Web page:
Rowena Padilla-Rumbaua Vs. Edward Rumbaua – G.R. No. 166738, August 14, 2009

Facts:
Petitioner filed a complaint against respondent for Nullity of Marriage using the ground of Article 36 of the Family code or psychologically incapacitated to exercise the essential obligations of marriage. Petitioner submitted her Judicial Affidavits, Testimonies, and the Psychological Report of s Psychologist as her evidence. The RTC ruled in favor of the complainant and nullify the said Marriage. However, the office of the Solicitor General appealed the decision of the RTC to the CA alleging among others was the insufficiency of evidence of the petitioner. CA granted the petition of the OSG and reversed and set aside the decision of the RTC. In her appeal to the SC, petitioner assigned that the CA erred in reversing the decision of the RTC, instead of vacating the decision of the courts a quo and remanding the case to the RTC to recall her expert witness and cure the defects in her testimony, as well as to present additional evidence, would temper justice with mercy. The petitioner maintains that vacating the lower courts’ decisions and the remand of the case to the RTC for further reception of evidence are procedurally permissible. She argues that the inadequacy of her evidence during the trial was the fault of her former counsel, Atty. Richard Tabago, and asserts that remanding the case to the RTC would allow her to cure the evidentiary insufficiencies. She posits in this regard that while mistakes of counsel bind a party, the rule should be liberally construed in her favor to serve the ends of justice.

Issue:
Whether the CA erred in not remanding the case back to the RTC instead of dismissing it completely.

Held:
No. A remand of the case to the RTC for further proceedings amounts to the grant of a new trial that is not procedurally proper at this stage. Section 1 of Rule 37 provides that an aggrieved party may move the trial court to set aside a judgment or final order already rendered and to grant a new trial within the period for taking an appeal. In addition, a motion for new trial may be filed only on the grounds of (1) fraud, accident, mistake or excusable negligence that could not have been guarded against by ordinary prudence, and by reason of which the aggrieved party’s rights have probably been impaired; or (2) newly discovered evidence that, with reasonable diligence, the aggrieved party could not have discovered and produced at the trial, and that would probably alter the result if presented.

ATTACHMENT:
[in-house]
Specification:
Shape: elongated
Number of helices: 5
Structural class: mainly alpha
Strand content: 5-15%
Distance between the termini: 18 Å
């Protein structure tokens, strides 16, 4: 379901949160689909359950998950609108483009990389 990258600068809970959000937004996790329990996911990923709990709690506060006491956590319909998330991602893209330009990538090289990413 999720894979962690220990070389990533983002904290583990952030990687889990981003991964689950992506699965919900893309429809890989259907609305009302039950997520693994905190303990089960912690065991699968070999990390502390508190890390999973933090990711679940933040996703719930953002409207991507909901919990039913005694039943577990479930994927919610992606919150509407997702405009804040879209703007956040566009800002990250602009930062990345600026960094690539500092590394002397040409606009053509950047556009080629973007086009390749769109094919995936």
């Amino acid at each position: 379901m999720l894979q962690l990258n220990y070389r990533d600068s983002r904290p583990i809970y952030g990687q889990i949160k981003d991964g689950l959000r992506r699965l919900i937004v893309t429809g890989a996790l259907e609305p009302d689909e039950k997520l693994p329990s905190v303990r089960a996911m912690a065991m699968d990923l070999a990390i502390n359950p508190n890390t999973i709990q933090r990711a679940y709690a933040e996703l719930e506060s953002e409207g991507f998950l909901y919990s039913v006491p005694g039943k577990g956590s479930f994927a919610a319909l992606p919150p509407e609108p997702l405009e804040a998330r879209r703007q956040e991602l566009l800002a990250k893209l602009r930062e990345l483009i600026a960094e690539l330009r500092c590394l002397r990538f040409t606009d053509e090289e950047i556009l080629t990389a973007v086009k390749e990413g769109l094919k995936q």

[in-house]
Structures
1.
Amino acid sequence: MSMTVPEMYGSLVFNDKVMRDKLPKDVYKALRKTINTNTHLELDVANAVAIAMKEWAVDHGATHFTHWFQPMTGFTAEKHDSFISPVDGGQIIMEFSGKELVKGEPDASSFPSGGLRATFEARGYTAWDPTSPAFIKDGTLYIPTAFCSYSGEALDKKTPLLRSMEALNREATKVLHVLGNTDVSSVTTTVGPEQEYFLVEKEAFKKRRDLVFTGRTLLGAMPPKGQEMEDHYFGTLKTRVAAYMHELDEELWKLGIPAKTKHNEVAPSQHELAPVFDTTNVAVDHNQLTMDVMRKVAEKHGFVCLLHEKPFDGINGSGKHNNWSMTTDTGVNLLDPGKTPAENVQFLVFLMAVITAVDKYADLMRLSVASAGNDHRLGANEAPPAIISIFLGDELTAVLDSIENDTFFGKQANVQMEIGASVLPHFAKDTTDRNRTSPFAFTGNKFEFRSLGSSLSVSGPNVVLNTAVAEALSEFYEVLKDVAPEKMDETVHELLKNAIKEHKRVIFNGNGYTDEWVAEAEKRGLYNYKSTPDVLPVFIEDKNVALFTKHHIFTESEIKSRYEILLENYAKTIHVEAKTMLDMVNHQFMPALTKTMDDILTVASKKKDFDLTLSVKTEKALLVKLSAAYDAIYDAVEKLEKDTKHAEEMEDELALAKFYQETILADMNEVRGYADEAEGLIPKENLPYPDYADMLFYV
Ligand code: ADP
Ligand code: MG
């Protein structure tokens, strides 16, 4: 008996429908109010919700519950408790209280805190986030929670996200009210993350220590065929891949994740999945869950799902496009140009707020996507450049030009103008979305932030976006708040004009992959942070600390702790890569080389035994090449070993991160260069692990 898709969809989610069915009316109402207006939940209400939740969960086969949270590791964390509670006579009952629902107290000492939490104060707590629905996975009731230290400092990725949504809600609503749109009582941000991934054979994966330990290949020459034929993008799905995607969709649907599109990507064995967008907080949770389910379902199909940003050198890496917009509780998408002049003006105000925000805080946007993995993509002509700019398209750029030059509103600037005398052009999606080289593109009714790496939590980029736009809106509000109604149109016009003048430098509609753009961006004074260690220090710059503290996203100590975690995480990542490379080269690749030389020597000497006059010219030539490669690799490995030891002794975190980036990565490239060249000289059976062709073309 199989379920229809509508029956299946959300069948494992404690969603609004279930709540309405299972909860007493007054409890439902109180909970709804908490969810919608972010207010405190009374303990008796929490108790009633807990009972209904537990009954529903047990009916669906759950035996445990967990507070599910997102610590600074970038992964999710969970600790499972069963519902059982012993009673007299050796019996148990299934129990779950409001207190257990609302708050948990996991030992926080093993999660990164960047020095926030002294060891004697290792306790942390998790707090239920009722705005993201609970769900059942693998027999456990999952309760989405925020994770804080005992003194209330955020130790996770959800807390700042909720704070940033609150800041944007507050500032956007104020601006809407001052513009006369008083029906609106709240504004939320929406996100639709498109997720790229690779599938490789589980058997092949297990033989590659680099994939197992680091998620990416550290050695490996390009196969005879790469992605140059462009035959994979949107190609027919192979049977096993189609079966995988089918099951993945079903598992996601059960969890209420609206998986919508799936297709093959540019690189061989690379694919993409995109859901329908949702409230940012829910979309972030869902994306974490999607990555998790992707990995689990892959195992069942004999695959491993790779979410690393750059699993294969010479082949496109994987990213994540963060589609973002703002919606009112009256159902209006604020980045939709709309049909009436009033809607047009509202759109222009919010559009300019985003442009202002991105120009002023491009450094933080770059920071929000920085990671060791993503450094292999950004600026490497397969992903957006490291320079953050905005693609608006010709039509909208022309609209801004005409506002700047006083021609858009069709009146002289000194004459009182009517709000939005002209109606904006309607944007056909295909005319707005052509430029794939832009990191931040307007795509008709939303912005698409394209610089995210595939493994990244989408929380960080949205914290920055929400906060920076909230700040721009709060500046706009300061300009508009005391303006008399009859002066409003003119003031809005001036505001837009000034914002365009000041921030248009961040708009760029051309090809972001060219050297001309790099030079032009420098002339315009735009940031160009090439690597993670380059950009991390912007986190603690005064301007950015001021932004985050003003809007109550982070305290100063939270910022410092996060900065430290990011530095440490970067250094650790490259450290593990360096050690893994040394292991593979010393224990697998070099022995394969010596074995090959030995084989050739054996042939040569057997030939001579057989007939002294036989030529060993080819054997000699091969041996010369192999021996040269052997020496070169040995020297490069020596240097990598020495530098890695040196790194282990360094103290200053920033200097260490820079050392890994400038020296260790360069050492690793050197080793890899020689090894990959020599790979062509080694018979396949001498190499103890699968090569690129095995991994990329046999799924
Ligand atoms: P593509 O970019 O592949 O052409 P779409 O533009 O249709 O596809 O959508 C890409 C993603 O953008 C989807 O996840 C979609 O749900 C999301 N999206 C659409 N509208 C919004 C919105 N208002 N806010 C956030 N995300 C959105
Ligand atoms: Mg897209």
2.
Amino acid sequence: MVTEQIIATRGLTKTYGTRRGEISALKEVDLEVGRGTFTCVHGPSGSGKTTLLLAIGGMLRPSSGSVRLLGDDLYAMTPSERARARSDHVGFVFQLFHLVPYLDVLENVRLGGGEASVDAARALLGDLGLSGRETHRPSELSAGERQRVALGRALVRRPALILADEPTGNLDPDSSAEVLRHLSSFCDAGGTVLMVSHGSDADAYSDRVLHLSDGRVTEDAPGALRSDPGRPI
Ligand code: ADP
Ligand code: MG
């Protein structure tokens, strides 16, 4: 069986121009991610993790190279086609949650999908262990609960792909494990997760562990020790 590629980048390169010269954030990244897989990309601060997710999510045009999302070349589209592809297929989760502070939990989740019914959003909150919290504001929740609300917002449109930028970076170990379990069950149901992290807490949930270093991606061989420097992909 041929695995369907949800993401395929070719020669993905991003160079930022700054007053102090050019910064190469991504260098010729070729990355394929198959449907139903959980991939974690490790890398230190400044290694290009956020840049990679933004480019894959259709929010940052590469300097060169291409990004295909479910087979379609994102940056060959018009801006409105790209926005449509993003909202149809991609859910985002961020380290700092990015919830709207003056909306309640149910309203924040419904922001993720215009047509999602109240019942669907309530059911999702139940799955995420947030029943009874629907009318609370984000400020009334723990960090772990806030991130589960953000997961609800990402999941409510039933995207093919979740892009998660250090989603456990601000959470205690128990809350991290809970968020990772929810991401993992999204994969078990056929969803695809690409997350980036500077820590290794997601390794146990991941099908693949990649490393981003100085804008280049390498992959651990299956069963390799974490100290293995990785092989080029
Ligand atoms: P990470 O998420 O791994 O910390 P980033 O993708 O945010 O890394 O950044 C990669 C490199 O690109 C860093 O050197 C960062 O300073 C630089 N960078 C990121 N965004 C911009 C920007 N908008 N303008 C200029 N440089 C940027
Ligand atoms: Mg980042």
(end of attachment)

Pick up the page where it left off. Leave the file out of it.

In the present case, the petitioner cites the inadequacy of the evidence presented by her former counsel as basis for a remand. She did not, however, specify the inadequacy. That the RTC granted the petition for declaration of nullity prima facie shows that the petitioner’s counsel had not been negligent in handling the case. Granting arguendo that the petitioner’s counsel had been negligent, the negligence that would justify a new trial must be excusable, i.e. one that ordinary diligence and prudence could not have guarded against. The negligence that the petitioner apparently adverts to is that cited in Uy v. First Metro Integrated Steel Corporation where we explained:

Blunders and mistakes in the conduct of the proceedings in the trial court as a result of the ignorance, inexperience or incompetence of counsel do not qualify as a ground for new trial. If such were to be admitted as valid reasons for re-opening cases, there would never be an end to litigation so long as a new counsel could be employed to allege and show that the prior counsel had not been sufficiently diligent, experienced or learned. This will put a premium on the willful and intentional commission of errors by counsel, with a view to securing new trials in the event of conviction, or an adverse decision, as in the instant case. Thus, we find no justifiable reason to grant the petitioner’s requested remand.

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